We propose to validate the potential role of our novel near-infrared (NIR) diffuse optical tomography guided by ultrasound (NIR/US) imaging system in assessing patient pathological response to neoadjuvant chemotherapy (NAC). NIR/US is implemented by simultaneously deploying NIR optical sensors and a commercial ultrasound transducer on a hand-held probe, and utilizing co-registered ultrasound to provide lesion structure information and guide optical tomography reconstruction. As a result, the optical tomography has overcome problems associated with intense light scattering and has provided reliable tumor hemoglobin distributions, which are directly related to tumor angiogenesis. Pilot data obtained from 32 patients who underwent NAC, which was assessed by NIR/US, have demonstrated that pretreatment tumor total hemoglobin (tHb) content predicts patient final pathological response with 79% sensitivity and 80% specificity. In addition, the percentage of total hemoglobin changes normalized to the pretreatment level (%tHb) can be used to further identify responders from non-responders at the end of cycle 1 (2-3 weeks) after the initiation of NAC. Furthermore, combining widely used tumor pathologic variables and receptor status with hemoglobin functional parameters obtained before the initiation of NAC can achieve 100% prediction sensitivity and specificity when baseline scatter data are included, or treatment regimens are categorized based on human epidermal growth factor receptor 2 (HER-2/neu) or the addition of %tHb at the end of treatment cycle 1 is assessed. In this proposal, we will: 1) Upgrade NIR imaging systems and validate NIR imaging algorithms optimized for imaging large lesions;2) Validate the initial findings through the recruitment of approximately 80 patients who are undergoing NAC at the Hartford Hospital, the University of Connecticut Health Center, and the Waterbury Hospital;and 3) Perform data analysis a) to determine the best time-window to assess response based on cycle 1 %tHb for different treatment regimens;b) to validate the prediction model developed from pilot data based on tumor pathological variables (tumor type, grade and mitotic count), tumor molecular markers of estrogen receptor (ER), progesterone receptor (PR), and HER-2/neu, and pretreatment NIR functional parameters as well as scatter data and response rate based on one cycle of %tHb. The successful completion of the project will result in a powerful tool to manage personalized breast cancer treatment. In the genomic era of personalized medicine where predicting and monitoring of early responses for outcome prediction becomes crucial, our NIR/US technology will prove to be invaluable.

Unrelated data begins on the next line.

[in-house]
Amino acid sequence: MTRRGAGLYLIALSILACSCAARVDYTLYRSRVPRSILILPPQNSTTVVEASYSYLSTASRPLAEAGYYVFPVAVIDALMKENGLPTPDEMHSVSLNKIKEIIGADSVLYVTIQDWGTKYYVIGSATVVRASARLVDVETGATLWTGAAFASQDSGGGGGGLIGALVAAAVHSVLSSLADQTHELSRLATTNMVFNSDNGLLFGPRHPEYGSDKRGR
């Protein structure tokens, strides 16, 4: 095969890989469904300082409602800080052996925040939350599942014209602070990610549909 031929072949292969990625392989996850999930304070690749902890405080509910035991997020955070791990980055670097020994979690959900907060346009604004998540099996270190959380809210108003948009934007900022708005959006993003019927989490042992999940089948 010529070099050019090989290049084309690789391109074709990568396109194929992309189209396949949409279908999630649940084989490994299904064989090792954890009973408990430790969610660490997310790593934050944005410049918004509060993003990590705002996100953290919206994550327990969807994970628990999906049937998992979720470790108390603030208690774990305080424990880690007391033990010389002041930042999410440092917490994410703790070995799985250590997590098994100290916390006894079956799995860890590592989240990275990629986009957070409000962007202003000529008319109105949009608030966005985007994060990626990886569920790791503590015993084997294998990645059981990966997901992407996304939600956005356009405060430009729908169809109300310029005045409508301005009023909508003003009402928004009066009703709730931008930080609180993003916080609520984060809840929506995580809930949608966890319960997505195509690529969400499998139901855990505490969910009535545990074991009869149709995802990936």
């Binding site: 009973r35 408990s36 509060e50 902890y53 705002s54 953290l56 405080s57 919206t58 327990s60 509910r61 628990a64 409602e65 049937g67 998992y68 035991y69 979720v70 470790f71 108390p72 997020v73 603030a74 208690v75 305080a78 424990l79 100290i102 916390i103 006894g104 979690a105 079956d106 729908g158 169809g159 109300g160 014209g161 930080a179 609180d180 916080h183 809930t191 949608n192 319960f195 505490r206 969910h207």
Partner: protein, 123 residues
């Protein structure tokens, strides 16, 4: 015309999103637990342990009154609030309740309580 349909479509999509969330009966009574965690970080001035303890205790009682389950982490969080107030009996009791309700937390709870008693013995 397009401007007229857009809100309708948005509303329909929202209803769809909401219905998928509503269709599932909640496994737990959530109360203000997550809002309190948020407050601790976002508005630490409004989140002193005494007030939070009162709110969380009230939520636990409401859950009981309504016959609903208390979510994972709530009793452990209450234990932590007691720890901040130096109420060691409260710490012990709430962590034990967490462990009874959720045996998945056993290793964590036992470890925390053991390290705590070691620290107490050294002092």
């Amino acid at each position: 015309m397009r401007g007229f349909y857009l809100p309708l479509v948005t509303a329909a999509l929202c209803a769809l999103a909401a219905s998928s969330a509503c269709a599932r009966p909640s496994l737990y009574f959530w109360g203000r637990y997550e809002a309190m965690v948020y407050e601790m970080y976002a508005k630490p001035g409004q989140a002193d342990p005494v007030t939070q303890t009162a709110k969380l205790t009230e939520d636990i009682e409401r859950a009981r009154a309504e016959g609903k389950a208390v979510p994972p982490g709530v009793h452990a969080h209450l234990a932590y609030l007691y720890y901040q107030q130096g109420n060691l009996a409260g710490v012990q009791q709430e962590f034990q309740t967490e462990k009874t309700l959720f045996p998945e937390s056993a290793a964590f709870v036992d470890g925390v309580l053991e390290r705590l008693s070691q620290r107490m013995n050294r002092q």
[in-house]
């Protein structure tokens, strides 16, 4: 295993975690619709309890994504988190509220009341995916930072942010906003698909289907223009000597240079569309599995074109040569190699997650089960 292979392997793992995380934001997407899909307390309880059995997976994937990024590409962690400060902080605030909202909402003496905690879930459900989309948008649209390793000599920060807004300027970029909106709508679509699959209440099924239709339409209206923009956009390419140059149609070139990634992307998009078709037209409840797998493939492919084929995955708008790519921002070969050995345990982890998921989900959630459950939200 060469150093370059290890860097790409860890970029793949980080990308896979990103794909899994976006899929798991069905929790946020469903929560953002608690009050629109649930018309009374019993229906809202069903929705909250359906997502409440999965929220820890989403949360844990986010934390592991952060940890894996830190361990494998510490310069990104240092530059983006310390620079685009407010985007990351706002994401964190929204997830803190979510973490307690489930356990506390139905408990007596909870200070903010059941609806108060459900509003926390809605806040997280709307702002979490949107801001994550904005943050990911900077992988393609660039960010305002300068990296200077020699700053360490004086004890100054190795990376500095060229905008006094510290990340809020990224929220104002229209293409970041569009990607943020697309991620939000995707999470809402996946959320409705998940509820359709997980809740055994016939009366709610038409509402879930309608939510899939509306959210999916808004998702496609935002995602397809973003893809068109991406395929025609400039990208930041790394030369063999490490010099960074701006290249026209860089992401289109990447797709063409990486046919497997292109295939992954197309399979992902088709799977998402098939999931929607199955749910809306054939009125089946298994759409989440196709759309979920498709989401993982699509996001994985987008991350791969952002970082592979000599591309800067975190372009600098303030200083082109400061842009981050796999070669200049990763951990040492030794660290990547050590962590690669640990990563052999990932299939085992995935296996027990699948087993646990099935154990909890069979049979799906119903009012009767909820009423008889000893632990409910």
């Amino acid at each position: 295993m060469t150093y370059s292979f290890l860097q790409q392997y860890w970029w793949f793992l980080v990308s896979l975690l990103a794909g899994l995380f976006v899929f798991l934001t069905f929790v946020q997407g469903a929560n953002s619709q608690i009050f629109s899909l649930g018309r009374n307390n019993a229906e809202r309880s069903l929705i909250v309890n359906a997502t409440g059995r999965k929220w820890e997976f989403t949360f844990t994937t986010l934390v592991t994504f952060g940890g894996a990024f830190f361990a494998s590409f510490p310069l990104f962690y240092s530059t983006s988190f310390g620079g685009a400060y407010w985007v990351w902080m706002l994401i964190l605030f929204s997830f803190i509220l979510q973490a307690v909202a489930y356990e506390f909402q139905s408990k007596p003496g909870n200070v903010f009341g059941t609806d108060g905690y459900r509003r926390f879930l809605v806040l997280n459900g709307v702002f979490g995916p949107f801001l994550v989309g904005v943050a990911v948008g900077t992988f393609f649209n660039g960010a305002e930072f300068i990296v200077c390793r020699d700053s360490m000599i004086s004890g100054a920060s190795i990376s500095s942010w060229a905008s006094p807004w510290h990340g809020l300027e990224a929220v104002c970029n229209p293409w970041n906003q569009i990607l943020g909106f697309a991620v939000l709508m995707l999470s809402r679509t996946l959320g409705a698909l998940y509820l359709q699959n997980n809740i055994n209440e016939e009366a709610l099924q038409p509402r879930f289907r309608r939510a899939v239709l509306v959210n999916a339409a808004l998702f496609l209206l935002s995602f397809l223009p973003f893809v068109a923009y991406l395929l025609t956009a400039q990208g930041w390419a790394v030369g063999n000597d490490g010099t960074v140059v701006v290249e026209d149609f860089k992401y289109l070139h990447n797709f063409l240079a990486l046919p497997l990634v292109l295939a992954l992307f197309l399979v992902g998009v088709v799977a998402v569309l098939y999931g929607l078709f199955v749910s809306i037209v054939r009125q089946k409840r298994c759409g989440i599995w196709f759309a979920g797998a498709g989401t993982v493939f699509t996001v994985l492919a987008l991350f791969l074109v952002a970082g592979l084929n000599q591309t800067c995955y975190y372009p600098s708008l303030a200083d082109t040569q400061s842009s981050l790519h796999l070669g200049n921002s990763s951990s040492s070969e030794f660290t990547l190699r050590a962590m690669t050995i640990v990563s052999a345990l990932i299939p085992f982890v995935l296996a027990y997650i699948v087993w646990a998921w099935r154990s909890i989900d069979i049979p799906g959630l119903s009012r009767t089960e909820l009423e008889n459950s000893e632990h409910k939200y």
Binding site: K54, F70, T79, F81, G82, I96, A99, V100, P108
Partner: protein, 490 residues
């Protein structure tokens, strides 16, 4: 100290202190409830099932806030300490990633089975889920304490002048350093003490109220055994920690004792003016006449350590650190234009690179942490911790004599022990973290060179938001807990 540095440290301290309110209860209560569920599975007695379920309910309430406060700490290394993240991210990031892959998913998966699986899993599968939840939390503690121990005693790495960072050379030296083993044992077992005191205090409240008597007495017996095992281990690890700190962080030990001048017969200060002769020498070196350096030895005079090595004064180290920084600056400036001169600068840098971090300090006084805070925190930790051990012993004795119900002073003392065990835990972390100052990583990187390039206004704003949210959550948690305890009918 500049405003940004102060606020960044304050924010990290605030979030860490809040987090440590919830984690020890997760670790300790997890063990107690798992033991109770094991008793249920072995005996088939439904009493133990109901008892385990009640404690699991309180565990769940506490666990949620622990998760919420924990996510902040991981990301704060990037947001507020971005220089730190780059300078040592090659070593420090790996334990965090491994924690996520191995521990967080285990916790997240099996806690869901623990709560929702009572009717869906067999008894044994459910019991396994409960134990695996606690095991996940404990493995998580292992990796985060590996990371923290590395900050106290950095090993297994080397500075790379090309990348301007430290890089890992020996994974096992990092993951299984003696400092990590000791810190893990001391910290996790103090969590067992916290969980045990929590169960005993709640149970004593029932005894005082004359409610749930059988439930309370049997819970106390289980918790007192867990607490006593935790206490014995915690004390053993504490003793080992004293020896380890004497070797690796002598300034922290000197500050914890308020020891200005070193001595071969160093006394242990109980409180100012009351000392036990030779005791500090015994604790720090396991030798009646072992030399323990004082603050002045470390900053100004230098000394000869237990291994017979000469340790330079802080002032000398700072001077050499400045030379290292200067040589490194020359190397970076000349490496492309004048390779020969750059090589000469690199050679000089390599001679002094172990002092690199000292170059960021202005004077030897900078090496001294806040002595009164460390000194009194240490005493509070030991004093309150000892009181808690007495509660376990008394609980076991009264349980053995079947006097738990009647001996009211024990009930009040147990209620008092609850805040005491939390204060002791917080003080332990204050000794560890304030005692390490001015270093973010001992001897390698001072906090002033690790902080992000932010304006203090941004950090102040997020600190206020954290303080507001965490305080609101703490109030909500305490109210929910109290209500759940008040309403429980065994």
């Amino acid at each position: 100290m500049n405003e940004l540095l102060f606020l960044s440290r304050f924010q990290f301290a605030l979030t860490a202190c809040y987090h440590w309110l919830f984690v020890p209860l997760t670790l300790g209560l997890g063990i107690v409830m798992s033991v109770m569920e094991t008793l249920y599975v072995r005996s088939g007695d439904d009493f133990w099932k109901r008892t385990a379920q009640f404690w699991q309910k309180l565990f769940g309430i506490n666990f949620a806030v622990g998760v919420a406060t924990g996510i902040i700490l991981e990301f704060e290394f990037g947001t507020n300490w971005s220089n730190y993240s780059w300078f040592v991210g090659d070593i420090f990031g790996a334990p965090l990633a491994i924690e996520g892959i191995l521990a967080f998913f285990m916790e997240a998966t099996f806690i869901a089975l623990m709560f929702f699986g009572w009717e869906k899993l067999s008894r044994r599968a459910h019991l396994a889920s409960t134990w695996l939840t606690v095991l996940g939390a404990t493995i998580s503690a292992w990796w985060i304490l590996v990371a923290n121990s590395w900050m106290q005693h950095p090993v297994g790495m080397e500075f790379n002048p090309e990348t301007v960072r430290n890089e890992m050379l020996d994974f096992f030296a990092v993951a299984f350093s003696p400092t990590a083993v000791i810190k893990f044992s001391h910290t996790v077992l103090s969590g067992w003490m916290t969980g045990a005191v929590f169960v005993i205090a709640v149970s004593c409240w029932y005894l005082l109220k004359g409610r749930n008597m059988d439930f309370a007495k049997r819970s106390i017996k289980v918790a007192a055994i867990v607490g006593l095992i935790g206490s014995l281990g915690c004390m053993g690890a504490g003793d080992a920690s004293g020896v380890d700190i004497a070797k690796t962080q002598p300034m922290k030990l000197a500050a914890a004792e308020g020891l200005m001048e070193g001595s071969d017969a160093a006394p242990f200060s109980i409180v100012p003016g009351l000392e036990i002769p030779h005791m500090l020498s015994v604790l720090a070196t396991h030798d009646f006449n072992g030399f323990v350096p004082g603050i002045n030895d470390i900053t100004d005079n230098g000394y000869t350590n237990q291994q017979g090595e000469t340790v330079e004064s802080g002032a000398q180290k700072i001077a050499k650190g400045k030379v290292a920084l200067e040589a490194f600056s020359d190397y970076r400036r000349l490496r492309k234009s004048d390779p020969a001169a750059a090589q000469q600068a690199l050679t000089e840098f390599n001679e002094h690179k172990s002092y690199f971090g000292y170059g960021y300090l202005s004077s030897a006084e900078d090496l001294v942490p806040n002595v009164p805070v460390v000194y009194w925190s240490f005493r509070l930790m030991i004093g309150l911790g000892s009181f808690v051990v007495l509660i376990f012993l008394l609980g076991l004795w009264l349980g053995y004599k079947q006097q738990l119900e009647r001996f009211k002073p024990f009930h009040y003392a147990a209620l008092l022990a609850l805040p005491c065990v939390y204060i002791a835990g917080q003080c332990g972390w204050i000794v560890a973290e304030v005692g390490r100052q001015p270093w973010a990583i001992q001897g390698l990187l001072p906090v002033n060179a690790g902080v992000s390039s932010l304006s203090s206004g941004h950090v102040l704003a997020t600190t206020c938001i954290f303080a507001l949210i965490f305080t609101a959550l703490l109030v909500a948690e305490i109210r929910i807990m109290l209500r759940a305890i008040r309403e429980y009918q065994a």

In this project, an ultrasound-guided near infrared tomography technique will be refined and validated for imaging locally advanced breast cancers in patients who are undergoing neoadjuvant chemotherapy. Approximately, 80 patients will be recruited from three hospitals and their responses to neoadjuvant treatment will be assessed pretreatment, at early treatment cycles, and prior to surgery. This larger patient pool will be use a) to determine the best time- window to assess response based on cycle 1 %tHb for different treatment regimens;b) to validate the prediction model developed from pilot data based on tumor pathological variables (tumor type, grade and mitotic count), tumor molecular markers of estrogen receptor (ER), progesterone receptor (PR), and HER-2/neu, and pretreatment NIR functional parameters as well as response rate based on one cycle of %tHb. The successful completion of the project will provide a means to improve the current clinical practice by accurately predicting an individual patient's response.
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